Margaret got injured this weekend, bringing us our first real experience with Israeli health care. I’m amazed it took this wild child until late March to get hurt, and equally surprised at the setting. In a city of perils (broken glass everywhere, playground equipment that has seen better days, motorcycles that drive on sidewalks…) she got injured at one of the most serene and spotless places in Jerusalem: the elevator of the Israel Museum. She crouched down and came up sobbing, a chunk of her finger having been cut off mysteriously by the gleaming silver bar near the floor of the elevator.
Israelis are calm and kind in a crisis and don’t seem perturbed by chaos. As Margaret screamed and gushed blood all over the gallery floor, we had a volunteer, a couple of security guards and an EMT huddled around us. Within a few minutes, Margaret got stabilized, I signed off on some papers (promising not to sue?) and were were bundled into a cab with strict instructions not to pay more than 20 NIS for the ride.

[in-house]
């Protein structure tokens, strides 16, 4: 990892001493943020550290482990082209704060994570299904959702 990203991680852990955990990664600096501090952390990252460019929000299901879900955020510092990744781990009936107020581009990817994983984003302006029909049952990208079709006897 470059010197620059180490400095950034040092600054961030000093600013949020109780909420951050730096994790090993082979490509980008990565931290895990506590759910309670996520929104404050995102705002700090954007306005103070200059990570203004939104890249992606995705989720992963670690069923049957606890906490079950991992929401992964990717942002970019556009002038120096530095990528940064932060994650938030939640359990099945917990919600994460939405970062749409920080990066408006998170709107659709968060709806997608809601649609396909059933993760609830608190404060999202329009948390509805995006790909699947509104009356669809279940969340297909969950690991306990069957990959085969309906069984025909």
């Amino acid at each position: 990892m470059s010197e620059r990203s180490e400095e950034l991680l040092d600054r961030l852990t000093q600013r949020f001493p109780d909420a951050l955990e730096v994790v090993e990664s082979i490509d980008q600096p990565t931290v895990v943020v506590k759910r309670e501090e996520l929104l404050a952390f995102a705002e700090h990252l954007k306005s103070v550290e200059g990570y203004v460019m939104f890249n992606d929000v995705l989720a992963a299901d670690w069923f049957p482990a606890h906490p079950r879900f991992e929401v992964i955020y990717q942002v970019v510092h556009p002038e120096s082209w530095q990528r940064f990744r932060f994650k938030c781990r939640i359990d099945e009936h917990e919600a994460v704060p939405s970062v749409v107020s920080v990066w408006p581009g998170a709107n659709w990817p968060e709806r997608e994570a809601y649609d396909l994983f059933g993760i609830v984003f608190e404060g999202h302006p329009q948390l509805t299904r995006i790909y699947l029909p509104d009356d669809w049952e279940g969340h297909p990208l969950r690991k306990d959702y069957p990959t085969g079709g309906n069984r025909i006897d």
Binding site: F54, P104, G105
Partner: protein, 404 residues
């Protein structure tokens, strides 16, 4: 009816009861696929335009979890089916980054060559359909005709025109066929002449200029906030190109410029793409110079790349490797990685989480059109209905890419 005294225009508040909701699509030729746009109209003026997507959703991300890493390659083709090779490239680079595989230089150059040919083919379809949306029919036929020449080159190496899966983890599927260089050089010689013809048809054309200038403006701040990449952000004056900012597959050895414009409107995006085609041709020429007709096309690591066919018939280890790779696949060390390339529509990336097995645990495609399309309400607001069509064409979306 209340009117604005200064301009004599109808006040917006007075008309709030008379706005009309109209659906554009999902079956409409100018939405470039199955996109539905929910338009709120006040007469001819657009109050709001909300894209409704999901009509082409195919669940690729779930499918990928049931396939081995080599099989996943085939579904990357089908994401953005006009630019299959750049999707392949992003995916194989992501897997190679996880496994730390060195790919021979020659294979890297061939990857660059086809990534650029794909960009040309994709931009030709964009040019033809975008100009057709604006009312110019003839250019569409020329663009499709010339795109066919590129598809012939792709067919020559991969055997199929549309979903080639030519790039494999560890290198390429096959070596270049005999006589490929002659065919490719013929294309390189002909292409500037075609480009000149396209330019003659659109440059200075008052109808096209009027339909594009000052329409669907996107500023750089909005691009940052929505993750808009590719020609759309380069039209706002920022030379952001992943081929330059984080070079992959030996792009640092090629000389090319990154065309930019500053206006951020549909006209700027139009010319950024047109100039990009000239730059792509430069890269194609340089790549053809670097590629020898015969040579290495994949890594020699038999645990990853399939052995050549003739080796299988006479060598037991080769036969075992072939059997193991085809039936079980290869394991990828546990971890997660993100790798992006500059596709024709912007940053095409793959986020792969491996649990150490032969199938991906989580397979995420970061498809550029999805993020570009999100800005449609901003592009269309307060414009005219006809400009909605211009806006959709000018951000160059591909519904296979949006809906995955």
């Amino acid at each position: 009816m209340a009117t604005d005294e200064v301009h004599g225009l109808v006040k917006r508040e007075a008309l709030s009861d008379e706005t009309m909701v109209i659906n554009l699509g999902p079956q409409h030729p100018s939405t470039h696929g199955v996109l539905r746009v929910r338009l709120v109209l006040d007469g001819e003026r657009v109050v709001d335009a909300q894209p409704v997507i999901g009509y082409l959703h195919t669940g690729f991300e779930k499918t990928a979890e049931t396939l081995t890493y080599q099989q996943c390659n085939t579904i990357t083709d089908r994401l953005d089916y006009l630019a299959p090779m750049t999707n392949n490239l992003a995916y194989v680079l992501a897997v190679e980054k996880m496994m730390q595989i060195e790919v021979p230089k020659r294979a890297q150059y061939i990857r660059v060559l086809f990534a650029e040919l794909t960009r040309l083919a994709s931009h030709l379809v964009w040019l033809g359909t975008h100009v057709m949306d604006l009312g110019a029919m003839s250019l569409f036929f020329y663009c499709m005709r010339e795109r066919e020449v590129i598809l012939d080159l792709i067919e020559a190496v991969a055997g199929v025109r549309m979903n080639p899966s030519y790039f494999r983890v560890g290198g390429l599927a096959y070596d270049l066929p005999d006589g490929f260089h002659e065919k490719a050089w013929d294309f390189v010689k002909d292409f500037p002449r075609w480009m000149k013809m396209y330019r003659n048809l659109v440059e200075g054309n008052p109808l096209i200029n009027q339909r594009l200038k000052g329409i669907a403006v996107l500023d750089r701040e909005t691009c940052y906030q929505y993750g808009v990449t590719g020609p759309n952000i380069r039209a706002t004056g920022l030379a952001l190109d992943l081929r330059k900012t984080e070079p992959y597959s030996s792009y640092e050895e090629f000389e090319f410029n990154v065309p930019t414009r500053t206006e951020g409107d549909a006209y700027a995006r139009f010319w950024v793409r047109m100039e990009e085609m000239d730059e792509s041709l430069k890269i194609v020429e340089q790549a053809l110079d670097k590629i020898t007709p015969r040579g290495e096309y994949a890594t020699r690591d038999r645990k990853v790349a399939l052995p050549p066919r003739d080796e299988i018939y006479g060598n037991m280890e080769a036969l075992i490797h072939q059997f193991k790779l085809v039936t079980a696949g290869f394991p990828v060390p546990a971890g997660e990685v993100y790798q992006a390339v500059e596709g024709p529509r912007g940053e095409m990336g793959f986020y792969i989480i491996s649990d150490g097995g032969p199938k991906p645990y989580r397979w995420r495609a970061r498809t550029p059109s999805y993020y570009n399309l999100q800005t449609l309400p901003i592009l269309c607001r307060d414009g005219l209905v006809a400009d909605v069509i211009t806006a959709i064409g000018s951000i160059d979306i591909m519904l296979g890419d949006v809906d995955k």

The emergency room was a little grotty with cigarette butts and dirt all over the stairwell and windows open to whatever contaminants emanate from the Central Bus Station nearby. On the other hand, we were seen immediately and competently by English-speaking staff who said the magic words — no stitches — and wrapped her up tight. The grand total for this treatment, before insurance and said with some apology, was $113. Apparently in East Jerusalem it would have been about a third as much.
So, if you don’t care a lot about cosmetics and bedside manner, Israeli health care delivers, even on Shabbat. And along with white wine and avocados, it’s on the short list of things that are actually cheaper here than in the U.S. Margaret is having fun brandishing her bandages and telling everyone how the museum bit her finger.